The U.S. Department of Justice filed a complaint Tuesday in a lawsuit against Modern Vascular, claiming the company and its founder ripped off Medicare to the tune of $50 million. The claims made by the government partly corroborate and quote from an investigation by the Arizona Republic that sheds light on the company’s profit-driven practices.
Modern Vascular quickly spread from the Phoenix area across the country, touting cutting-edge treatment of a narrowing of arteries in the legs known as “peripheral artery disease.” But they’ve been plagued by claims they hurt patients with unnecessary procedures, according to interviews by the Republic and lawsuits the company contested in court.
The federal complaint filed Tuesday says the company and founder Yury Gampel “designed and implemented a fraud scheme … at the expense of patients and federal payors.” The company made illegal payments to prompt other doctors to send them patients, the complaint says, allowing Modern Vascular to bill federal healthcare programs for claims that were “tainted by kickbacks and should not have been paid.”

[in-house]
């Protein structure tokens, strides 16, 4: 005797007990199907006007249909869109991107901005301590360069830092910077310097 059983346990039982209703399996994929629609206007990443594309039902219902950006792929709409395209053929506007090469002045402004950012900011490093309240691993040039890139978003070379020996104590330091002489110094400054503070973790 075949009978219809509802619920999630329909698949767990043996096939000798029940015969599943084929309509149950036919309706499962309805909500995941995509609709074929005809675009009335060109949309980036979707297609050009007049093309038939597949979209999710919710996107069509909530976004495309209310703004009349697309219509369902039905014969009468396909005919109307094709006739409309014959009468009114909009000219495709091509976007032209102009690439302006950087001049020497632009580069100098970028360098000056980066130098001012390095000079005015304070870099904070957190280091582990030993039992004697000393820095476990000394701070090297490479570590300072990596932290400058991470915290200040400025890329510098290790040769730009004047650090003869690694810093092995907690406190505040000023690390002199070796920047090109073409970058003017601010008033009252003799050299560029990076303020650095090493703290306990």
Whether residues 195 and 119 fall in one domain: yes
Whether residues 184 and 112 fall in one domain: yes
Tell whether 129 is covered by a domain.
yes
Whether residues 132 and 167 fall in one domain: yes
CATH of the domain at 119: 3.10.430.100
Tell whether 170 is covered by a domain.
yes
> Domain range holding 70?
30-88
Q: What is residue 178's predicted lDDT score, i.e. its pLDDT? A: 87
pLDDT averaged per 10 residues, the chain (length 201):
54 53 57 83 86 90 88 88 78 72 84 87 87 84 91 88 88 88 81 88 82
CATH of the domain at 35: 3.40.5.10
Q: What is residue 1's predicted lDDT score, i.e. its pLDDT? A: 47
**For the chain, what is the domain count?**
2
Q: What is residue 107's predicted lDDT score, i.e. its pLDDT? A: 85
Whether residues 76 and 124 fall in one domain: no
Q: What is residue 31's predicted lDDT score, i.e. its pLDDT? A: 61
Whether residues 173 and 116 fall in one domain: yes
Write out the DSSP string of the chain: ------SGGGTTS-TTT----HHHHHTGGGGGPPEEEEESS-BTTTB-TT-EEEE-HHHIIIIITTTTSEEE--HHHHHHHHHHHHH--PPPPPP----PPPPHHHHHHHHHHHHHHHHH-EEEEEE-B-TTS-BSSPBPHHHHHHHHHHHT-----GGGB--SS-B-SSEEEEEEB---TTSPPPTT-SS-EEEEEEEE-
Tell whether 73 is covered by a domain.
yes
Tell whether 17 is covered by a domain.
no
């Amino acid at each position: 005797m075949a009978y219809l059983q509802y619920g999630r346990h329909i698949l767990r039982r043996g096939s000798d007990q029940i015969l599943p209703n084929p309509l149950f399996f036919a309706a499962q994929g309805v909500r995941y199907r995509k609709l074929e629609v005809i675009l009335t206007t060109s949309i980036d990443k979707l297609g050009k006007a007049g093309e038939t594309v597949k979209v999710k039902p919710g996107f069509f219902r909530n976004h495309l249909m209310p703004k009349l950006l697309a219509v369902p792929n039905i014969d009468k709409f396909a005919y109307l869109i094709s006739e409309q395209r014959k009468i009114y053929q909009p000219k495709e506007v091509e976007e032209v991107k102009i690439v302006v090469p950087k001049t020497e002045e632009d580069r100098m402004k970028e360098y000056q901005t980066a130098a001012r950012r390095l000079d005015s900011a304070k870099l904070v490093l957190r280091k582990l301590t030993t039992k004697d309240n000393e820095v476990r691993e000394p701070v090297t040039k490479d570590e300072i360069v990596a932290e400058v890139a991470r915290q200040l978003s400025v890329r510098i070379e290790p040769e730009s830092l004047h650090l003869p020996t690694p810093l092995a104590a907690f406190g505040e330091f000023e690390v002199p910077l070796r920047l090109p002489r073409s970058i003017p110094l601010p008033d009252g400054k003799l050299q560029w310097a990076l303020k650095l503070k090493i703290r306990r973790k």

The complaint also says Gampel and his company placed “enormous pressure” on their staff to perform invasive procedures: “As Modern Vascular Corporate’s Chief Medical Officer Steve Berkowitz told a reporter for the Arizona Republic, ‘If you run a pizza joint and you’re not selling enough pizzas, you’re not going to stay in business.’”
Gampel declined to comment Tuesday, saying in a text message to a reporter his legal team needed time to review the claims by the Department of Justice.
Wednesday, an attorney for Modern Vascular denied the claims by the Department of Justice.
“Modern Vascular believes that the government’s complaint lacks merit and that its business practices are compliant with the spirit and the letter of the law,” attorney Jed Dwyer wrote in an email. His entire statement is available here.
In a previous text message exchange, Gampel said anyone can allege anything in a lawsuit. Asked for a response to the Republic’s investigation, Gampel said in a text message: “With your ability to report false claims, twist words, and make up scandalous stories, I’m sure you’ll be a top notch national news reporter one day. Even small cockroaches grow up to become larger cockroaches.”
After the Republic’s investigation was published, Modern Vascular bought at least six half-page ads in the newspaper.
On its website, the company posted that “A Modern Vascular Patient Story was Published by Arizona Central,” with a copy of the newspaper page. But the portion of that ad identifying it as a “paid advertisement” was removed. The “story” the company refers to was a paid advertisement and not a reported article by the Republic newsroom. After the Republic asked Gampel about the post, it was updated to include the “paid advertisement” identification.